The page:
We’re busy around here. Even on the homestead level farm that we are staying with there are long lists of chores and projects this time of year. Chicken tractors get moved, animals get fed, milked and cleaned up after. Gardens are planted, tilled and weeded. And then a pig gets into to wrong pen or the electric fence stops working and hours are spent on fixes. Somehow behind all of the lists and execution is Dilys. This woman runs circles around everyone she encounters. Quite literally.

Every week Dilys makes yogurt, kefir, kefir “water” lemon soda, sprouted grain bread and biscotti for the Saturday farmer’s market. Now that there are a few more hands here, we’ve decided to ween the young goats so that we can milk a few  morning and night. More milk means more products and we’re brainstorming how exactly to sell raw goat milk yogurt on a small scale, a bit underground since to put product in stores means mass regulation.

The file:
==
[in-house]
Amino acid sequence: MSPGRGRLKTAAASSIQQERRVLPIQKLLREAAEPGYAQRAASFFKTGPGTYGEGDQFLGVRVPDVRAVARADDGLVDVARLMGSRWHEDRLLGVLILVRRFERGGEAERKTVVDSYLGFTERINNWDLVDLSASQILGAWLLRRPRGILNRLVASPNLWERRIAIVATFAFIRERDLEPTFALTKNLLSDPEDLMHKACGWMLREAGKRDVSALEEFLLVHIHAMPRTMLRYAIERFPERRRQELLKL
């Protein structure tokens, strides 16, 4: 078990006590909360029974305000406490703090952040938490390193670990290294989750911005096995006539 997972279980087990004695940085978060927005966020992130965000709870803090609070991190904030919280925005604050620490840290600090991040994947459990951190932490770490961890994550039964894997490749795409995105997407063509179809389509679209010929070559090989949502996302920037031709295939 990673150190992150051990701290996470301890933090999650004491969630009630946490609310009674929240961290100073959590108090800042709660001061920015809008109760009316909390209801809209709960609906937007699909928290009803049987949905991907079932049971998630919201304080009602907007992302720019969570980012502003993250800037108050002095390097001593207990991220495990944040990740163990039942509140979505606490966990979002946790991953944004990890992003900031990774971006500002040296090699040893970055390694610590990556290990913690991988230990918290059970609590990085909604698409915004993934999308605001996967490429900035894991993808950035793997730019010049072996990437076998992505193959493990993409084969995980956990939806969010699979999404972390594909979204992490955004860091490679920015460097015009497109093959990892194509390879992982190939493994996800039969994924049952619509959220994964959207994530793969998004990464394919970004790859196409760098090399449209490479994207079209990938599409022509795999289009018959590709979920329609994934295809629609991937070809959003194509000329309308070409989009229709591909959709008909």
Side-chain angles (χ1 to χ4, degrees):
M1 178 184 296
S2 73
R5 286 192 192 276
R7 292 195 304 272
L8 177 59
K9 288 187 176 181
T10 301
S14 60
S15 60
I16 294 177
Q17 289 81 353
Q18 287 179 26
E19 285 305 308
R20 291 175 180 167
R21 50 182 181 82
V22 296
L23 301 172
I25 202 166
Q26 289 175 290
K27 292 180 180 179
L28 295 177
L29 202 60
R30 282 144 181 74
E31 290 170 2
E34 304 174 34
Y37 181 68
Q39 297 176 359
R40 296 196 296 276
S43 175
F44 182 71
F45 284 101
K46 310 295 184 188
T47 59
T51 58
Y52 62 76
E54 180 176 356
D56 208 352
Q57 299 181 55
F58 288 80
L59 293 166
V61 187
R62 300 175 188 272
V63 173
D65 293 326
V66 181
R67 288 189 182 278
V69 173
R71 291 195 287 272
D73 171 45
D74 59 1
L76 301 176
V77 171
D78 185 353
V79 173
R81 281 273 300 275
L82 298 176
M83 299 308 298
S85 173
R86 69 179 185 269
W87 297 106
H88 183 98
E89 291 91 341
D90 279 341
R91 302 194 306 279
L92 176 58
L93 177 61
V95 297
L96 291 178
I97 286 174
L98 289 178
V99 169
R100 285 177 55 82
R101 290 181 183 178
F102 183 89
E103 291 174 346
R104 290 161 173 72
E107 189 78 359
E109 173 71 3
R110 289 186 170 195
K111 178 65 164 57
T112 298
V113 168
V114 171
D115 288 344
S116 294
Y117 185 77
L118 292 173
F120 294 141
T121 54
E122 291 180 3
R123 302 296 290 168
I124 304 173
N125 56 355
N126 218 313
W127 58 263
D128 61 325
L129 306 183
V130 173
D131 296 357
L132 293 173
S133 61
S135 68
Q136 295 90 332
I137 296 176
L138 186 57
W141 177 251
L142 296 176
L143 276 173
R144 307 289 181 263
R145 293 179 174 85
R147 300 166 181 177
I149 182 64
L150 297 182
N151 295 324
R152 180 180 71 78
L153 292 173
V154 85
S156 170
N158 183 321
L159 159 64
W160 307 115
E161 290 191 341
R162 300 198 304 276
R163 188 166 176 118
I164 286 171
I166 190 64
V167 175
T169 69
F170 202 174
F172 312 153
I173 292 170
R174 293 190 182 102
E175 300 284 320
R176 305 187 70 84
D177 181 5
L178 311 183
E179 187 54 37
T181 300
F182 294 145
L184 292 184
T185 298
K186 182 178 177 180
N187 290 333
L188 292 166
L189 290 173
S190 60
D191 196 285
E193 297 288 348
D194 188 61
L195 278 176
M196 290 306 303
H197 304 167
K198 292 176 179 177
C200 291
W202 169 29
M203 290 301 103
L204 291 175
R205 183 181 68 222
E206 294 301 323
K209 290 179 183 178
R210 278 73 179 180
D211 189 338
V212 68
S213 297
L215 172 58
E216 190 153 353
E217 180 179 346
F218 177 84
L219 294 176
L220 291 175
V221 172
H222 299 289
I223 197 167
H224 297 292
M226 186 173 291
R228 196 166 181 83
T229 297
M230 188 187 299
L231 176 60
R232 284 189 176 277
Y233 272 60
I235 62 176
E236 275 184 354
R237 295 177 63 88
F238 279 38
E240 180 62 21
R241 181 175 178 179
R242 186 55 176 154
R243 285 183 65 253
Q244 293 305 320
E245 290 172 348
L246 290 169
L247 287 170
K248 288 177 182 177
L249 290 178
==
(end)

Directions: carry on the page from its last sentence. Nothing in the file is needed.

Todays little list of this week’s projects and some Dilys in baking action pictures that show her calm within the storm.

  • Patch Tipi
  • Move chicken tractor
  • Move sow electric fence
  • mow under electric fence
  • make mushroom logs
  • put tipi up
  • organic inspection *tuesdsay
  • mend screen doors
  • turn compost
  • sort electric fence supplies
  • organize shop
  • organize wood shed
  • rototill and hill top garden
  • rototill back garden
  • continue gutter/rain barrel project
  • new rabbit hutch roof